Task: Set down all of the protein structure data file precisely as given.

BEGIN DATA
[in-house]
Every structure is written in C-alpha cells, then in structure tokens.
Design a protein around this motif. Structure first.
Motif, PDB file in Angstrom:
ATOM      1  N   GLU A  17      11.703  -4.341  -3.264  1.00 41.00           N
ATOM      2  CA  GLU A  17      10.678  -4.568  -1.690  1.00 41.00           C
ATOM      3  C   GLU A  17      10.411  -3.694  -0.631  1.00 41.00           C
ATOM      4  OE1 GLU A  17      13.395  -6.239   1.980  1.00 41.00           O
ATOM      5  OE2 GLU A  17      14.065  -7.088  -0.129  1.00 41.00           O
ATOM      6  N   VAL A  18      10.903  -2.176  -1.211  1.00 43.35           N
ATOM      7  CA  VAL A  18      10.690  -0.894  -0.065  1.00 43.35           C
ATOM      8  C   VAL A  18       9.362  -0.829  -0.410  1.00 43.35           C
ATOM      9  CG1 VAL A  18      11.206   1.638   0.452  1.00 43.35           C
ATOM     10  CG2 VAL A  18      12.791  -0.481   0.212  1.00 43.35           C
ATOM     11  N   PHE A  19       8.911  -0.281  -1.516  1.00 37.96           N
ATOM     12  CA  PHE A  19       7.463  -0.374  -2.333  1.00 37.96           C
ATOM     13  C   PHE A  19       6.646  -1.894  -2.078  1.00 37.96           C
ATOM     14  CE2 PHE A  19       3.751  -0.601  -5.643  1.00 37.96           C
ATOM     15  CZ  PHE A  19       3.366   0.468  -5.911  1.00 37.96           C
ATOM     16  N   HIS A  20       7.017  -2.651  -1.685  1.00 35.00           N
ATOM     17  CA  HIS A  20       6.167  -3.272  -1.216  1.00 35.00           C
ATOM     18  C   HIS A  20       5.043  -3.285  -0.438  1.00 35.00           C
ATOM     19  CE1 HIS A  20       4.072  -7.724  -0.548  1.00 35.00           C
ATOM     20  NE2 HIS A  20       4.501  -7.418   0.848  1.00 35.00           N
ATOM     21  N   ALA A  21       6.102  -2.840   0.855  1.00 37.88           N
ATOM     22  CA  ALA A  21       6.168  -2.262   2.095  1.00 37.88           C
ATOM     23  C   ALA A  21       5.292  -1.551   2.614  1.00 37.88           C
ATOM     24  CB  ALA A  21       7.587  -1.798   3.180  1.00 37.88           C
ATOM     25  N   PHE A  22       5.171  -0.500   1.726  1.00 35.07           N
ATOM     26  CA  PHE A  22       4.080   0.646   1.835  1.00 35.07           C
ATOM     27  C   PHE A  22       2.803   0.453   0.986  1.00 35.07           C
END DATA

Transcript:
[in-house]
Every structure is written in C-alpha cells, then in structure tokens.
Design a protein around this motif. Structure first.
Motif, PDB file in Angstrom:
ATOM      1  N   GLU A  17      11.703  -4.341  -3.264  1.00 41.00           N
ATOM      2  CA  GLU A  17      10.678  -4.568  -1.690  1.00 41.00           C
ATOM      3  C   GLU A  17      10.411  -3.694  -0.631  1.00 41.00           C
ATOM      4  OE1 GLU A  17      13.395  -6.239   1.980  1.00 41.00           O
ATOM      5  OE2 GLU A  17      14.065  -7.088  -0.129  1.00 41.00           O
ATOM      6  N   VAL A  18      10.903  -2.176  -1.211  1.00 43.35           N
ATOM      7  CA  VAL A  18      10.690  -0.894  -0.065  1.00 43.35           C
ATOM      8  C   VAL A  18       9.362  -0.829  -0.410  1.00 43.35           C
ATOM      9  CG1 VAL A  18      11.206   1.638   0.452  1.00 43.35           C
ATOM     10  CG2 VAL A  18      12.791  -0.481   0.212  1.00 43.35           C
ATOM     11  N   PHE A  19       8.911  -0.281  -1.516  1.00 37.96           N
ATOM     12  CA  PHE A  19       7.463  -0.374  -2.333  1.00 37.96           C
ATOM     13  C   PHE A  19       6.646  -1.894  -2.078  1.00 37.96           C
ATOM     14  CE2 PHE A  19       3.751  -0.601  -5.643  1.00 37.96           C
ATOM     15  CZ  PHE A  19       3.366   0.468  -5.911  1.00 37.96           C
ATOM     16  N   HIS A  20       7.017  -2.651  -1.685  1.00 35.00           N
ATOM     17  CA  HIS A  20       6.167  -3.272  -1.216  1.00 35.00           C
ATOM     18  C   HIS A  20       5.043  -3.285  -0.438  1.00 35.00           C
ATOM     19  CE1 HIS A  20       4.072  -7.724  -0.548  1.00 35.00           C
ATOM     20  NE2 HIS A  20       4.501  -7.418   0.848  1.00 35.00           N
ATOM     21  N   ALA A  21       6.102  -2.840   0.855  1.00 37.88           N
ATOM     22  CA  ALA A  21       6.168  -2.262   2.095  1.00 37.88           C
ATOM     23  C   ALA A  21       5.292  -1.551   2.614  1.00 37.88           C
ATOM     24  CB  ALA A  21       7.587  -1.798   3.180  1.00 37.88           C
ATOM     25  N   PHE A  22       5.171  -0.500   1.726  1.00 35.07           N
ATOM     26  CA  PHE A  22       4.080   0.646   1.835  1.00 35.07           C
ATOM     27  C   PHE A  22       2.803   0.453   0.986  1.00 35.07           C